Admiral - They Should All Be This Easy!
Here is a beautiful Admiral 1950's Clock Radio M298 Sea Foam Green. Just like the other one I posted to Radio Attic Archives ( sold May 2014)
This one came to me from a loving home in Michigan where it probably spent most of its happy life. When I opened the box, I found it caringly packaged and even clean on the exterior. There was no shipping damage which always makes me happy!
Here's what it looked like on my workbench:
Couple little dings and small chips, but nothing to cry over.
So I proceeded to open it open and that's when the party ended. It looked like it had been living in a dust factory for 50 years:
Yuk! These old radios were used in bedrooms so they trap lint over the years from bed linens, dander, room dust. They are usually stored in attics or garages after the original owner casts them aside in favor of new technology. They usually get damaged or destroyed over years of storage. But, not this one...
After hearing it play for a few minutes, I decided it needed a new filter capacitor. It was humming very loudly. Not uncommon since original filter capacitors were made of paper and beeswax and dry out over time. The filter capacitor is that red cylinder above covered in dust.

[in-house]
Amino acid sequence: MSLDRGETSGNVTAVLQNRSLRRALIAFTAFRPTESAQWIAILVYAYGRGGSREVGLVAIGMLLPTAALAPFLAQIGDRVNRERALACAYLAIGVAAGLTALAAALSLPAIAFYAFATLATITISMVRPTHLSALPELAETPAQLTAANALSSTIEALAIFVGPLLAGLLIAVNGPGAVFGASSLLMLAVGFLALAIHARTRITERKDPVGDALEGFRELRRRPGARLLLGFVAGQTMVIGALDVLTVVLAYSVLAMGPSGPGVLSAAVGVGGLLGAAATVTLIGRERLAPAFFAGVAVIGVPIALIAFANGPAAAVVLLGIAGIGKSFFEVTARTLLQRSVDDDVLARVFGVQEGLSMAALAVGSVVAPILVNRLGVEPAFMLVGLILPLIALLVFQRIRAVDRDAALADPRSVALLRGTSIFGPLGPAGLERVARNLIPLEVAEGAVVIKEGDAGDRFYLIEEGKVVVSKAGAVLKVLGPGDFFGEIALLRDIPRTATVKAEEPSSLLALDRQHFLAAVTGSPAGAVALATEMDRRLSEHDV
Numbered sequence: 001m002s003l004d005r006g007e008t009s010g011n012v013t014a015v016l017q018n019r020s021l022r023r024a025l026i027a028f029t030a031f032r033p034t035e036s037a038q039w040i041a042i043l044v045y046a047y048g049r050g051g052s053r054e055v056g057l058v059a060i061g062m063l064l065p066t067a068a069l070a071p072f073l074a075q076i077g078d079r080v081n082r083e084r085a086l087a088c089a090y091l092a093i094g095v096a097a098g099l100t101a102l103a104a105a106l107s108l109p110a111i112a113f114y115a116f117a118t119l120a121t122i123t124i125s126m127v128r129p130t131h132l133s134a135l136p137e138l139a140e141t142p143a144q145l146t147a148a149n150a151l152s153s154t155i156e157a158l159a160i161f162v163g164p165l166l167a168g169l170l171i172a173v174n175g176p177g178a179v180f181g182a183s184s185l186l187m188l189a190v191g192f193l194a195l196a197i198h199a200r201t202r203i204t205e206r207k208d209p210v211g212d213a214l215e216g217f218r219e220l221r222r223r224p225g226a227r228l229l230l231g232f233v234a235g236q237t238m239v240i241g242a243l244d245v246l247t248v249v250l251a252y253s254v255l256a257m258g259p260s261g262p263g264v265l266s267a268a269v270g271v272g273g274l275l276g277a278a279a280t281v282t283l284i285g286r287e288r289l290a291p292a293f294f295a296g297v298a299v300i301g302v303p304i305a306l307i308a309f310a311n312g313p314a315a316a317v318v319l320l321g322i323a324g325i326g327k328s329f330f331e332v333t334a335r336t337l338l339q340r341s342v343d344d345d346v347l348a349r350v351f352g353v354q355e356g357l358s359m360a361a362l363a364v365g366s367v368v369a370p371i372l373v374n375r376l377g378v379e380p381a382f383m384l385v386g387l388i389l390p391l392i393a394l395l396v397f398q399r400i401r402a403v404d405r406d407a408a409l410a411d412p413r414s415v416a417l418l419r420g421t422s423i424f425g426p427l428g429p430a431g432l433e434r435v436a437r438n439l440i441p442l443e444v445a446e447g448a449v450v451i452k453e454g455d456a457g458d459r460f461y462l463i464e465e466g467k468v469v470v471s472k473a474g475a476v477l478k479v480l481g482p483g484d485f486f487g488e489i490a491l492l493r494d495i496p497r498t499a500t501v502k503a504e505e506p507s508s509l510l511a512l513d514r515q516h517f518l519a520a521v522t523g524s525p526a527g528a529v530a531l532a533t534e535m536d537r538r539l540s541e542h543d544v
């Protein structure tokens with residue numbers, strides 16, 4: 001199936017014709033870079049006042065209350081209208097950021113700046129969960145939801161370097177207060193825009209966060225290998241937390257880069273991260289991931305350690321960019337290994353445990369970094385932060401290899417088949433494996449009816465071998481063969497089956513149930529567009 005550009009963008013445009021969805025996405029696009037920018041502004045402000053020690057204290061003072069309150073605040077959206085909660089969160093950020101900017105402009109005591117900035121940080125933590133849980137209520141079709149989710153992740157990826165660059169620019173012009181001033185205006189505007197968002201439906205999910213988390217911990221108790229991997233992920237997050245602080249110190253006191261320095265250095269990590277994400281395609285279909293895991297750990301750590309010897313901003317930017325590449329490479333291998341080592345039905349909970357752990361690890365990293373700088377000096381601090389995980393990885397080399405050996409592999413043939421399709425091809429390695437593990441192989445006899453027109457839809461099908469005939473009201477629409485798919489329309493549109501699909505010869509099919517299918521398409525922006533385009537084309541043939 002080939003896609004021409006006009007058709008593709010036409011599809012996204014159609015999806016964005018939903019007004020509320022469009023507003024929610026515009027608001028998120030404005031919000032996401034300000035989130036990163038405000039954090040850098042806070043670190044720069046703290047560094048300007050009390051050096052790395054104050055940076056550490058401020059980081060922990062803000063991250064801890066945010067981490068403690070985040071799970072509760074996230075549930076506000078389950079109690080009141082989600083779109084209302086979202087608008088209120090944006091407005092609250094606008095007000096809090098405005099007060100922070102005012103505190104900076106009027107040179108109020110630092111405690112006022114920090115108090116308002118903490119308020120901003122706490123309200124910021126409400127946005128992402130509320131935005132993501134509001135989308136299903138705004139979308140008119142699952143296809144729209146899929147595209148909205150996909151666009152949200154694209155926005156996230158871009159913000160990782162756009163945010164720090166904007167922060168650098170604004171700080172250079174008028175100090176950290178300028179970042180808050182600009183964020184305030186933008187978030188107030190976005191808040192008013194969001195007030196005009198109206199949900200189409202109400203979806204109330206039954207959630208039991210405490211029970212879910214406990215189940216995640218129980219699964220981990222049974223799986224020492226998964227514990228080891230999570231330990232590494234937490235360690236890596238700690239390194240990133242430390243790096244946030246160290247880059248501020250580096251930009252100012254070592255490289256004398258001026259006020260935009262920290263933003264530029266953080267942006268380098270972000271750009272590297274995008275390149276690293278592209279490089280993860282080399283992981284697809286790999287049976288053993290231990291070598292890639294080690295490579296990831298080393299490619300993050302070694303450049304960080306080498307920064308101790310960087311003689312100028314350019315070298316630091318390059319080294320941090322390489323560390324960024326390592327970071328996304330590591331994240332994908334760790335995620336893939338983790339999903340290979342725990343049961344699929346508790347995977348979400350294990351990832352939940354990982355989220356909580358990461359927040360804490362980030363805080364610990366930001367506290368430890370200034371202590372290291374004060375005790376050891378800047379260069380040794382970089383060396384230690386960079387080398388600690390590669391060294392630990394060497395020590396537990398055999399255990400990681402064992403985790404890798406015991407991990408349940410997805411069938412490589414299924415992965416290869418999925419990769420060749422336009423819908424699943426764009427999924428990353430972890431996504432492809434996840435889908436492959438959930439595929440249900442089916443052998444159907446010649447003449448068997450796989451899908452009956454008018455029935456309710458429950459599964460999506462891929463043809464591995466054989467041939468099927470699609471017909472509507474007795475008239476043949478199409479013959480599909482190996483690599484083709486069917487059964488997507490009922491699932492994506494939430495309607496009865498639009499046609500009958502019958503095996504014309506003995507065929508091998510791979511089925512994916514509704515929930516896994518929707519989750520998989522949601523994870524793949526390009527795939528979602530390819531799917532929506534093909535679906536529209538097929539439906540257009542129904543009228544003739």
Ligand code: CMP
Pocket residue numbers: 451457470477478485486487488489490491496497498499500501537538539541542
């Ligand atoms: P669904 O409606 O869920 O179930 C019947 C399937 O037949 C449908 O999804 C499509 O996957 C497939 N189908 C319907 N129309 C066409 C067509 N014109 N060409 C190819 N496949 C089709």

The last person who replaced the filter capacitor wrote down "Filter 9/67." I wrote below it "Jan 2015." Now, let's stop and consider this clock radio was probably purchased in the late fifties or early sixties. It provided almost 10 years or service before the owner decided to send it to the repair shop probably because it started to hum. The owner chose this over ditching the radio in favor of new technology. This is a good sign that the owner cared for the item and was willing to invest money to keep it running.
So here's what it looks like after some cleaning. Much nicer. And the filter capacitor fixed the humming problem. Nothing else was needed to get this beauty back on the road. Like I said at the beginning, I wish they were all this easy! Care and routine maintenance goes a long way in the lifespan of radios like this. Same philosophy carries over in other areas I can think of...